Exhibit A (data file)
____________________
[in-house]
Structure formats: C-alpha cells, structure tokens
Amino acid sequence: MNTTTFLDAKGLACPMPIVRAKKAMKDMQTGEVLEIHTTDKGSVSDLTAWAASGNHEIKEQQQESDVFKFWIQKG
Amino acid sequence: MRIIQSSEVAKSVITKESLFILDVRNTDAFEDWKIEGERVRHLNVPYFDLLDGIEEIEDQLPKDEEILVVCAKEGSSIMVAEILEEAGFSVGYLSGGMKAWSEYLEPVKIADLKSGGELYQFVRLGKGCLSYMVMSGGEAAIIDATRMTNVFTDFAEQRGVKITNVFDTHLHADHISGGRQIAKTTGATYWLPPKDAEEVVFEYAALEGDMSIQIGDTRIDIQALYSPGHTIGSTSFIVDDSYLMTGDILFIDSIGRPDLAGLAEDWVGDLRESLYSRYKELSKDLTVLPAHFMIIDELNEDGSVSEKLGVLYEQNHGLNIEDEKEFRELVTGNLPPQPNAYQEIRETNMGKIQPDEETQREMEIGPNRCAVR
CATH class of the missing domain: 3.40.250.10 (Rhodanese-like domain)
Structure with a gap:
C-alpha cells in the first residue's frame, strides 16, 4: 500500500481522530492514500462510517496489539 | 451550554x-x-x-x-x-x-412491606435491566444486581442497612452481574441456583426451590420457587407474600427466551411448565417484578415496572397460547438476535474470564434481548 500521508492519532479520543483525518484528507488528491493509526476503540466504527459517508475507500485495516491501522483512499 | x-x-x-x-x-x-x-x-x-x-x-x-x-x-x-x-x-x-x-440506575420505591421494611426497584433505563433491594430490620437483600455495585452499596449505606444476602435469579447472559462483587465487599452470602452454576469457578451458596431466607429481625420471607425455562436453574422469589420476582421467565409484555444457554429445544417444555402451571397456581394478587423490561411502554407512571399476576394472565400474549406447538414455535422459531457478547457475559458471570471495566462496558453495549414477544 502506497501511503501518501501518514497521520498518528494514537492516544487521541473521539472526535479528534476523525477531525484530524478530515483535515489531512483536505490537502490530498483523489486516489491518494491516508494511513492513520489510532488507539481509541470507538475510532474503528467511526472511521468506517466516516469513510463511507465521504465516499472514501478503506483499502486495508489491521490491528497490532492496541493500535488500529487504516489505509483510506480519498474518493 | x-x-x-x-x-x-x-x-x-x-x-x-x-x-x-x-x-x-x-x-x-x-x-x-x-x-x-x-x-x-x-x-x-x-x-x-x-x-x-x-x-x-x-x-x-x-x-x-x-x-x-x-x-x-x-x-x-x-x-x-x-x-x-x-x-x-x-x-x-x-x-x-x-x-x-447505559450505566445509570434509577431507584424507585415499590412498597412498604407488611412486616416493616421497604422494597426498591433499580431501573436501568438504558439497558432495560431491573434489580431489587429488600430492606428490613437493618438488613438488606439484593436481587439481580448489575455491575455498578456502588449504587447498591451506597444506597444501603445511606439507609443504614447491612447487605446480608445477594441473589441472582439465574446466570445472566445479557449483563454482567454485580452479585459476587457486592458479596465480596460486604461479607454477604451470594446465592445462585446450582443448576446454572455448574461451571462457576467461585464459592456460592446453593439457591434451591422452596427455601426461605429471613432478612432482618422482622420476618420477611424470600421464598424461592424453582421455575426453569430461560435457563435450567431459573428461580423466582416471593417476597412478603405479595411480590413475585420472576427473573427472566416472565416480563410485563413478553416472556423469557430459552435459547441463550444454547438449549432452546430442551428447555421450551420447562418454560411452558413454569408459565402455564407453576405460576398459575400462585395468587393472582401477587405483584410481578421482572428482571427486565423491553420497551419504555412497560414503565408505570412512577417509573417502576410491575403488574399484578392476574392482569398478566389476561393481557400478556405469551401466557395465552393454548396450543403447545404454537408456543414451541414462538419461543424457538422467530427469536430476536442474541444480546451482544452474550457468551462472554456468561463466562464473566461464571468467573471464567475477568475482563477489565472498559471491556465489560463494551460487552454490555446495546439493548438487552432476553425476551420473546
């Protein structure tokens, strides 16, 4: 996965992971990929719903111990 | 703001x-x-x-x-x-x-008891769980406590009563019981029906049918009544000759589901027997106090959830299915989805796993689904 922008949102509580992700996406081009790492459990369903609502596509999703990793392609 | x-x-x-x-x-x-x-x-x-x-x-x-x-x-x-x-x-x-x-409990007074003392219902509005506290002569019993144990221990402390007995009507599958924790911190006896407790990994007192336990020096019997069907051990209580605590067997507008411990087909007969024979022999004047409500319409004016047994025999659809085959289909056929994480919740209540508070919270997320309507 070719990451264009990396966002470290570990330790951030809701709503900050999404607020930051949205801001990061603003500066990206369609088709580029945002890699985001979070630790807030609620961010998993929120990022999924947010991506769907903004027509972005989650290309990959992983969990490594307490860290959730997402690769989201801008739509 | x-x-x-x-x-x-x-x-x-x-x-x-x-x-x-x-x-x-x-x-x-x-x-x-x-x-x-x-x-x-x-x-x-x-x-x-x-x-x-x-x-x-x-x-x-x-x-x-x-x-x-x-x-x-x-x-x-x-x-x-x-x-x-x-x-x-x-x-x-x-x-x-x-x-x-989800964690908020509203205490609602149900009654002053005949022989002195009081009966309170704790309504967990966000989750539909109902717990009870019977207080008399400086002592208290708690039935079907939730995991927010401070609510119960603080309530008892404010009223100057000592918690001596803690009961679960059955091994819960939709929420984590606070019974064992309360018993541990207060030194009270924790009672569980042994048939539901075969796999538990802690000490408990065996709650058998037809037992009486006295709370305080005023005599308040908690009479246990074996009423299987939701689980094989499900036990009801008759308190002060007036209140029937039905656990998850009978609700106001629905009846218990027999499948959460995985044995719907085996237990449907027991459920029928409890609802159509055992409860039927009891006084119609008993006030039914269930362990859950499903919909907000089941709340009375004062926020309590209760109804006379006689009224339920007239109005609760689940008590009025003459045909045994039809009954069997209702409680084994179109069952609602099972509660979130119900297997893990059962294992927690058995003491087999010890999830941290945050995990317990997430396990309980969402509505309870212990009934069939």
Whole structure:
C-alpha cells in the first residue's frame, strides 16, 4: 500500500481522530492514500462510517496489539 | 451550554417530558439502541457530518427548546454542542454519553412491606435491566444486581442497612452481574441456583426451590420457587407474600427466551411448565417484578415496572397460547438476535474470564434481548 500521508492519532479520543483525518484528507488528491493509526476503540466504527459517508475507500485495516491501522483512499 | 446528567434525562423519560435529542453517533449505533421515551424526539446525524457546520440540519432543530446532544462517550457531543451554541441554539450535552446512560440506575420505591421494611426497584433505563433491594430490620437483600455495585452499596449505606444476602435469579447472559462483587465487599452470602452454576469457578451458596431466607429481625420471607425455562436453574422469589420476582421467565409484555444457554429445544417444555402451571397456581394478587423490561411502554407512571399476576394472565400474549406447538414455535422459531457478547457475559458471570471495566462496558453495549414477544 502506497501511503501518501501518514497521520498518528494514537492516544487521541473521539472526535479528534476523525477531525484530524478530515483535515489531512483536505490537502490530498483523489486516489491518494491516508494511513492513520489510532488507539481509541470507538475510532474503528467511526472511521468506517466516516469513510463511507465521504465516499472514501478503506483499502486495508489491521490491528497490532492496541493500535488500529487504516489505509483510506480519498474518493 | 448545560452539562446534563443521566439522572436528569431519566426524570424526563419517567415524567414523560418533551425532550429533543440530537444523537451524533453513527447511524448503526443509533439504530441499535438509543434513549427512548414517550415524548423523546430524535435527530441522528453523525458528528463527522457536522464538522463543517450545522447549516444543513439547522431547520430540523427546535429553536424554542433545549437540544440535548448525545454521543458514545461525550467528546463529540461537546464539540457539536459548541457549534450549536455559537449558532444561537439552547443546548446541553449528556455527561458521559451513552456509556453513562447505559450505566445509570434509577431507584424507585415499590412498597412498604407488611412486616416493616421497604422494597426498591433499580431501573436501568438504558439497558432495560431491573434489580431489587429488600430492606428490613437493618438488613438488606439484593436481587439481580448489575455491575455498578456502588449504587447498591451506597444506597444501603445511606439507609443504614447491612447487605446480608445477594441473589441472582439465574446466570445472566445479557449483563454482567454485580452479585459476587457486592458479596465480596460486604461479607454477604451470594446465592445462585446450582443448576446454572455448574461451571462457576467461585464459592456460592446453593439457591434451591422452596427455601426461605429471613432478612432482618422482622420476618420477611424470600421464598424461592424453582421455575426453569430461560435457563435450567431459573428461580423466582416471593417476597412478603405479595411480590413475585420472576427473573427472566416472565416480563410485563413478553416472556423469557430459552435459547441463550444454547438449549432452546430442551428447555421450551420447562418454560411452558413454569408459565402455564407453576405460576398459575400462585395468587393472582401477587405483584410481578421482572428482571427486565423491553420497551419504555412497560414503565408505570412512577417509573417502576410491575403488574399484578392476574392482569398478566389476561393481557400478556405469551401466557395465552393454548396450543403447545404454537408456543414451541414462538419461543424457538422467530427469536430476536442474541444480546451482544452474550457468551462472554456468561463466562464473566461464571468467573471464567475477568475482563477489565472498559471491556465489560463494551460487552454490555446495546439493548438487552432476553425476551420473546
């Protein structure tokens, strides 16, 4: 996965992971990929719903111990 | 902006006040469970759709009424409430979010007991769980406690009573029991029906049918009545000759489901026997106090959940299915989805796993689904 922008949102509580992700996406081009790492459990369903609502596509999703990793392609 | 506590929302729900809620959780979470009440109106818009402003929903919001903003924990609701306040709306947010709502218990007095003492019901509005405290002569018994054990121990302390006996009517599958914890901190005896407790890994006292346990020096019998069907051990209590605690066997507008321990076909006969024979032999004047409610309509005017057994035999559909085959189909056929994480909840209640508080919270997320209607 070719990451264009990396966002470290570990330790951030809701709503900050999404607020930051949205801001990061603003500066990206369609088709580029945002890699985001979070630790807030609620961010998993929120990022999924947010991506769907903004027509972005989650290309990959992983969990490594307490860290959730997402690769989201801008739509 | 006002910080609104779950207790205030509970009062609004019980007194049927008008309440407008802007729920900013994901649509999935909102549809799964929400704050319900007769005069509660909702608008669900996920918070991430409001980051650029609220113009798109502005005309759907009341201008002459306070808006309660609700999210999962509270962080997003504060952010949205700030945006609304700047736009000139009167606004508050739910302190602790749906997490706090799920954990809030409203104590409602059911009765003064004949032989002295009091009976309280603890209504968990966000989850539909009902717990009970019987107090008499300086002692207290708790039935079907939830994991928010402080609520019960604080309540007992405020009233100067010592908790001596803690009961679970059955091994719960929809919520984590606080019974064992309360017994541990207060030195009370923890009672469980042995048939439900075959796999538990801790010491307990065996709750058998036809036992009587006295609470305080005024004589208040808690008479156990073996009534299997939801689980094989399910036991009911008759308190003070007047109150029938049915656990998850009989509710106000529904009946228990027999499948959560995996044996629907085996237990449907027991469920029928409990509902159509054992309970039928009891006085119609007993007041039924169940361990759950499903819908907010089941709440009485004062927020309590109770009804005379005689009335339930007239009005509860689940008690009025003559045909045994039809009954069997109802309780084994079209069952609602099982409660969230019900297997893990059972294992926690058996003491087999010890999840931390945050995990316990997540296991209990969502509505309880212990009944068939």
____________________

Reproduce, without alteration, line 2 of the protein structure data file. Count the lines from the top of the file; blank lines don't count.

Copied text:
Structure formats: C-alpha cells, structure tokens